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Investigative and Innovation
This research project aims to explore the effectiveness of criminal investigations, intelligence methods and best practice responses to certain criminal acts and behaviours. The process of investigations is a key focus, including the models/roles, functions and methods of intelligence gathering in policing, national security and peacekeeping contexts. The experiences of victims and their reporting behaviour are also included and incorporates work on victim surveys (including corporate victims) and threat (fear of crime etc.) perceptions.
Additional capacity has been provided by Dr Grant Wardlaw who commenced mid 2010 and has wide experience in leadership in intelligence in policing. He will lead research on the best practices and uses of intelligence for investigations and this project will engage two PhD candidates on related topics including comparative models of intelligence-led policing and undercover policing. Dr Wardlaw’s research examines the changing environment for intelligence, especially in law enforcement, in response to changing concepts of national security and developments in the nature and extent of transnational crime and other non-traditional security challenges. It analyses both the conceptual underpinnings of emerging intelligence philosophy and doctrine, as well as their practical application. Areas of focus in this research include risk assessment and intelligence, the extension of intelligence practice to the area of peacekeeping/peace enforcement, the role of knowledge management in intelligence, the ethical dilemmas inherent in emerging intelligence practice, and the development of intelligence capabilities in the Asia-Pacific region.
During 2010, two research proposals were developed with Victoria Police addressing investigations and criminal facilitators. A viable and feasible research project on effective investigations was not possible due to constraints on data access and design. Additional research projects with Victoria Police are anticipated and a project looking at the role of professional delinquents is under development with the New South Wales Crime Commission. A workshop on homicide investigations will be held at the University of Glamorgan (UK) in June 2011 and a similar invited symposium led by Professor Martin Innes (one of the UK’s leading scholars of complex investigations) is scheduled for July 2011 in Melbourne.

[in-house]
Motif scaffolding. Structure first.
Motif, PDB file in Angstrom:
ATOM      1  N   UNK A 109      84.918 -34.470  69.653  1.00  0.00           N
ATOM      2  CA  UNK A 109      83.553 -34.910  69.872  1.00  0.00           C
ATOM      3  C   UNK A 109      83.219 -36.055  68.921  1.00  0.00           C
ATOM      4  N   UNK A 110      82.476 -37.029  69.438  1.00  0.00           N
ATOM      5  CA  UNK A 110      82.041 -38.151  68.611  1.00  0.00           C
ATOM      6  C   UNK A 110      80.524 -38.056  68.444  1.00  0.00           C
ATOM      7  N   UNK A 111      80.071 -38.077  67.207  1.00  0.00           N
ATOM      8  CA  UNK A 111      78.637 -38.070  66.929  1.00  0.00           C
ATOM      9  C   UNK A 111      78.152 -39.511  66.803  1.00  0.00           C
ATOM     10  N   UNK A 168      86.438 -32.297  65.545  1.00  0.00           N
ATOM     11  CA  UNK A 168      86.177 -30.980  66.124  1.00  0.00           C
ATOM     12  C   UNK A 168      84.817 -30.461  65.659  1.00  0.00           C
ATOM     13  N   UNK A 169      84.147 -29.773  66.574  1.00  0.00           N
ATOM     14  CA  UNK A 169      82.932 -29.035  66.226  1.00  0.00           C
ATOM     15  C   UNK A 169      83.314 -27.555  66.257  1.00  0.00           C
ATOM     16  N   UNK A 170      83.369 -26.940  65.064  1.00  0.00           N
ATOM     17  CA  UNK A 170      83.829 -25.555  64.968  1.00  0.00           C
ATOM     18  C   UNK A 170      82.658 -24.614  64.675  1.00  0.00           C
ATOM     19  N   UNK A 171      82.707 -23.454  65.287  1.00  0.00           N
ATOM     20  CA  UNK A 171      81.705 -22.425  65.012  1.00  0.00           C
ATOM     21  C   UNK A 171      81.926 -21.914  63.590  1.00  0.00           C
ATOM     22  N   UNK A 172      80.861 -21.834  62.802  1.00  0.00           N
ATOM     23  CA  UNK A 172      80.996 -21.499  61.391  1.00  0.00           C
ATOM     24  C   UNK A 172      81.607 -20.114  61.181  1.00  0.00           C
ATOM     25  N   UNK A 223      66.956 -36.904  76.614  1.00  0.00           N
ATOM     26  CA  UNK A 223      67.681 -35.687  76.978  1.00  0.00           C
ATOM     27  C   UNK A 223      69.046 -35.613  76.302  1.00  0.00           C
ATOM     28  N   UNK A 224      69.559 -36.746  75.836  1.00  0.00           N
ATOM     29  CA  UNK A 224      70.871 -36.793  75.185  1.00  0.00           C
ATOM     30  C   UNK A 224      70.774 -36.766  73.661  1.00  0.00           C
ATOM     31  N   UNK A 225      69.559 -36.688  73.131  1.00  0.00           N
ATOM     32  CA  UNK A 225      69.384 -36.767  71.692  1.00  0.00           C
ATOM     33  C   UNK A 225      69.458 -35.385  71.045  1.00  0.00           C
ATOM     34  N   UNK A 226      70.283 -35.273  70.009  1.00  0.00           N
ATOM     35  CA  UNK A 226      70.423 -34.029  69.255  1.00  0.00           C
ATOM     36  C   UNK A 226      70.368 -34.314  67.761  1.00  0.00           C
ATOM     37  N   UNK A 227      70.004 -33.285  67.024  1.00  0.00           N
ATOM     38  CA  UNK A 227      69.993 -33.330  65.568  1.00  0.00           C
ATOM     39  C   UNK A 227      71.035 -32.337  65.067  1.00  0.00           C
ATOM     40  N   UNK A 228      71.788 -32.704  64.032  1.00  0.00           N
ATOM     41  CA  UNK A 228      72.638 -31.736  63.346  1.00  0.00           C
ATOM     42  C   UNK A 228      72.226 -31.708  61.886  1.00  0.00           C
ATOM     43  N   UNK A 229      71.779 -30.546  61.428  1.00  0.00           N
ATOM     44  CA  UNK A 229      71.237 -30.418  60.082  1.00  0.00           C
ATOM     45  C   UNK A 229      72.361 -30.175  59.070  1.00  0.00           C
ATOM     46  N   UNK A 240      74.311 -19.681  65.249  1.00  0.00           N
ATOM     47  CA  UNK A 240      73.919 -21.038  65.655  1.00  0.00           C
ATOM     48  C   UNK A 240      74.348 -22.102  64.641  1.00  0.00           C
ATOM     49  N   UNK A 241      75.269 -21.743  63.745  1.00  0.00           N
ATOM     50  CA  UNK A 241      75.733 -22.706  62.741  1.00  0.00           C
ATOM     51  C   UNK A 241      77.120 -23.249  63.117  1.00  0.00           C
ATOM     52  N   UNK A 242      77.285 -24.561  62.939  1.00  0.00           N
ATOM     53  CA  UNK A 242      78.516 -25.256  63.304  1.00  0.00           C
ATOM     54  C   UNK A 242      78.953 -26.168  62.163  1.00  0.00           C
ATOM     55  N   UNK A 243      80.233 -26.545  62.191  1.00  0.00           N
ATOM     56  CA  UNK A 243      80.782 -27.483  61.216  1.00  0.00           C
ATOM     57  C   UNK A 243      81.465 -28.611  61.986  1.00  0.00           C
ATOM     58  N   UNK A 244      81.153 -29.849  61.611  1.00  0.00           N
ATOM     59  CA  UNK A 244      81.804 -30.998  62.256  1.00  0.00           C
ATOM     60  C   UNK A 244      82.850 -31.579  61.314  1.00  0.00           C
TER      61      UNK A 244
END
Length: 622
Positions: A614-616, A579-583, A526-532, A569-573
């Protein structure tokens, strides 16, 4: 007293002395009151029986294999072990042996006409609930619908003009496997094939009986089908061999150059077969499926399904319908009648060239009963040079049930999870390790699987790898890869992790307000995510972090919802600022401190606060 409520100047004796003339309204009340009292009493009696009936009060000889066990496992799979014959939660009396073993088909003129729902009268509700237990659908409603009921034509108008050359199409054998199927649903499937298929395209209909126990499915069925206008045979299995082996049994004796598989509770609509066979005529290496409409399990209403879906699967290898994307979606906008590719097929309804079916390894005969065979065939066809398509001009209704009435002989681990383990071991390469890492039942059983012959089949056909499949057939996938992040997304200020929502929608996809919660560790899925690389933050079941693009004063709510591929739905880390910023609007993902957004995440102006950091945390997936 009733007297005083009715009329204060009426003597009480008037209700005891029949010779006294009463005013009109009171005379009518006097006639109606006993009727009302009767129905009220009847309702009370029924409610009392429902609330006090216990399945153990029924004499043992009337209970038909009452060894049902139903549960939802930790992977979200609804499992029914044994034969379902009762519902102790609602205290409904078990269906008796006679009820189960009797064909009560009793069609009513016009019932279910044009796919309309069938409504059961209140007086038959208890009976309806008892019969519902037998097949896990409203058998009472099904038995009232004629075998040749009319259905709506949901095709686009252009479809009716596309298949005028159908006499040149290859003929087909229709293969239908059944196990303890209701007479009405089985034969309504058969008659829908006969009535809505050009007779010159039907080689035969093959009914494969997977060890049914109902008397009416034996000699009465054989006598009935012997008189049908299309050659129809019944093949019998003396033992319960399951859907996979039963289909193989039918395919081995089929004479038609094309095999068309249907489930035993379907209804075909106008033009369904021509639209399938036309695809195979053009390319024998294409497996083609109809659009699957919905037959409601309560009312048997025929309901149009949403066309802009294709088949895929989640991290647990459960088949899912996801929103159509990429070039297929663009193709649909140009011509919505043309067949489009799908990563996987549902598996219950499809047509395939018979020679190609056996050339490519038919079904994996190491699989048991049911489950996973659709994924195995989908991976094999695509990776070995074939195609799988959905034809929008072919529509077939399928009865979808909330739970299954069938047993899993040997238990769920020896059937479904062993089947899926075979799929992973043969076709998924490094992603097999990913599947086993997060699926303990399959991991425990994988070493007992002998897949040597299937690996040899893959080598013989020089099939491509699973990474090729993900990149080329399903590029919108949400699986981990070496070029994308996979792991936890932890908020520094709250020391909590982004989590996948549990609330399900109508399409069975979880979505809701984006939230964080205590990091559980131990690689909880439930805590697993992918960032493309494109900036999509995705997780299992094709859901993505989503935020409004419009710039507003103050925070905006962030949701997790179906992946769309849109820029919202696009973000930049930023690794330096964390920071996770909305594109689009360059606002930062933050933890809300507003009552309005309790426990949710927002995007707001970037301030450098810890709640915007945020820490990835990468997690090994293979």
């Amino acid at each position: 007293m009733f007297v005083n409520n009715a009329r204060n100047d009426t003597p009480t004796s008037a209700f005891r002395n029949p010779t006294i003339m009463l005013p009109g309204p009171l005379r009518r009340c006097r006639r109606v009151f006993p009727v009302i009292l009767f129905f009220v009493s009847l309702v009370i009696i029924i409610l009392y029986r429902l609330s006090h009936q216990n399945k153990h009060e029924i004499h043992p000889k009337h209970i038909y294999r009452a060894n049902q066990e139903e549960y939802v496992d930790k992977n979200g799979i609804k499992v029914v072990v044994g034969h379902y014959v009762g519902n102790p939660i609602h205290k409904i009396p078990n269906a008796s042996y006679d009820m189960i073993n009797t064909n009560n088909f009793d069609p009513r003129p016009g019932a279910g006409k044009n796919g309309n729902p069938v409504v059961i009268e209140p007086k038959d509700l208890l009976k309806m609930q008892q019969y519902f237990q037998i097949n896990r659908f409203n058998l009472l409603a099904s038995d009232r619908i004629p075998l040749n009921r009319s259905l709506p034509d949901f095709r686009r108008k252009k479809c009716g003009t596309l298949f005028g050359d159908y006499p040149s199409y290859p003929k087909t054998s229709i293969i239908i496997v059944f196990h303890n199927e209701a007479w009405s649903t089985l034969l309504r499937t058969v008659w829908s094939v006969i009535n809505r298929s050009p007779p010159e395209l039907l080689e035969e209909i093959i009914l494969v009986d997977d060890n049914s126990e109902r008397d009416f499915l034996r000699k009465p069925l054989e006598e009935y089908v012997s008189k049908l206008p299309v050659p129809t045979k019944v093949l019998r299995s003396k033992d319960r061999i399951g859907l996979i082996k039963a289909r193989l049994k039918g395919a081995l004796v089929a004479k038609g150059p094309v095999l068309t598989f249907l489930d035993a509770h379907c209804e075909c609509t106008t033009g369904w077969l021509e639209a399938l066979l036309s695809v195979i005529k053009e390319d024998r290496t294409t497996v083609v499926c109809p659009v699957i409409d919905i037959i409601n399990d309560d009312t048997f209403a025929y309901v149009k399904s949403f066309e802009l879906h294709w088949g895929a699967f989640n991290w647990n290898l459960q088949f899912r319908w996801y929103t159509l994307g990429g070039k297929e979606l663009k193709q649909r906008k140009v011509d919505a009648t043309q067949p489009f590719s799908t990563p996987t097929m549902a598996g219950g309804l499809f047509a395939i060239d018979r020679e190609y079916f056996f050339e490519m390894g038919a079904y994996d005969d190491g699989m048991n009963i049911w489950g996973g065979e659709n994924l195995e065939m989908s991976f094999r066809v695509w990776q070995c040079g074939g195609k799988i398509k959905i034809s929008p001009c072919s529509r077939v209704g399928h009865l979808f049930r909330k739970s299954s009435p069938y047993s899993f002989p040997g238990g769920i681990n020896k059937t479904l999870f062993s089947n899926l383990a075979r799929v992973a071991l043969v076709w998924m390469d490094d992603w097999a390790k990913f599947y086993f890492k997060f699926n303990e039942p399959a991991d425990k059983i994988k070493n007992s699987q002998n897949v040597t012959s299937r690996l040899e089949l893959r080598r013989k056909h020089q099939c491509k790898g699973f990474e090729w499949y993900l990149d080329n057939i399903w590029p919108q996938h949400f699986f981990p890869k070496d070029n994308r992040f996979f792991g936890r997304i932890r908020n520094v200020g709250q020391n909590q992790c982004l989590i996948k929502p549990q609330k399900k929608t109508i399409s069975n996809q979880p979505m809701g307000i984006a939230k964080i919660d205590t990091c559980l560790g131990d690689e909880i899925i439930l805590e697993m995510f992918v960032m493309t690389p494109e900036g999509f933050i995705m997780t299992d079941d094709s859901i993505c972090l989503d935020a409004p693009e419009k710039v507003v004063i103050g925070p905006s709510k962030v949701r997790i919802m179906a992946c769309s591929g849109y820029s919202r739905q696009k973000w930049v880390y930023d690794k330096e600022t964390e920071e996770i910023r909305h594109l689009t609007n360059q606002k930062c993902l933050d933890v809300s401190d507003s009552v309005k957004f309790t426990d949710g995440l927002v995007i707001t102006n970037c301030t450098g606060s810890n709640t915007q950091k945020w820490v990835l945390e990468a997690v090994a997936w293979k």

Research papers from an industry focussed workshop at ANU in December 2009 have been published as special issues on investigations (Peter Grabosky (ed) (2010) Perspectives on Criminal Investigation, Journal of Contemporary Criminal Justice, Special Issue, volume 26, number 4) and white collar crime (see Neal Shover and Peter Grabosky (eds) (2010) The Global Economy, Economic Crisis, and White Collar Crime, Criminology and Public Policy, Special Issue, volume 9, issue 3, (August). Related work on homicide behavior (see Chan, A., Beh, S. and Broadhurst R. (2010), To Flee or Not: ‘Escaping behavior’ of Intimate Homicide Offenders in Hong Kong, Homicide Studies,Vol. 14 (4): 400-418) and victimisation were completed.
The work on victims included Brigitte Bouhours’ technical assistance for the National University of Singapore (A/Prof Wing Cheong, Law) International Violence Against Women Survey (IVAWS) on October 7-11, 2010. The work also includes the Hong Kong survey of the IVAWS in collaboration with the University of Hong Kong, and a large-scale survey of business crime victims in four cities in China and personal crime victims in Hong Kong and Cambodia. Results of the HK IVAWS was presented at the Australian and New Zealand Society of Criminology (ANZSOC) Conference in Alice Springs by Brigitte Bouhours and Roderic Broadhurst, on ‘Hong Kong International Violence Against Women Survey’, September 27-30.
The paper by Broadhurst and Hong Kong colleagues Professor Beh and Dr Aris Chan, ‘To Flee or Not: ‘Escaping behavior’ of Intimate Homicide Offenders in Hong Kong’ (Homicide Studies,Vol. 14 (4): 400-418, 2010) found that among 112 homicides involving sexual intimates that occurred in Hong Kong between 1989 and 2002, 38% (n 42) of offenders remained voluntarily at the homicide scene, 21% (n 24) committed suicide, 20% (n 22) escaped and denied involvement, 13% (n 14) disposed or hid the body of their victim, and 9% (n 10) escaped but later voluntarily surrendered. The type of response was explained by the offender’s characteristics, the strength of attachment to the victim, and situational factors. The offender’s prior criminal conduct or history of violence was not significant in predicting the type of postkilling response.
Professor Roderic Broadhurst (Chief Investigator)
Julie Ayling (Research Fellow)
Brigitte Bouhours (Research Assistant)
Dr Nicholas Farrelly (Research Fellow)
Dr Grant Wardlaw (Senior Research Fellow)
Intelligence and Investigative methods
Professor Rod Broadhurst (Chief Investigator)
Dr Grant Wardlaw (Senior Research Fellow)
Natasha Tusikov (PhD Student)
Simon Bonney (PhD Student)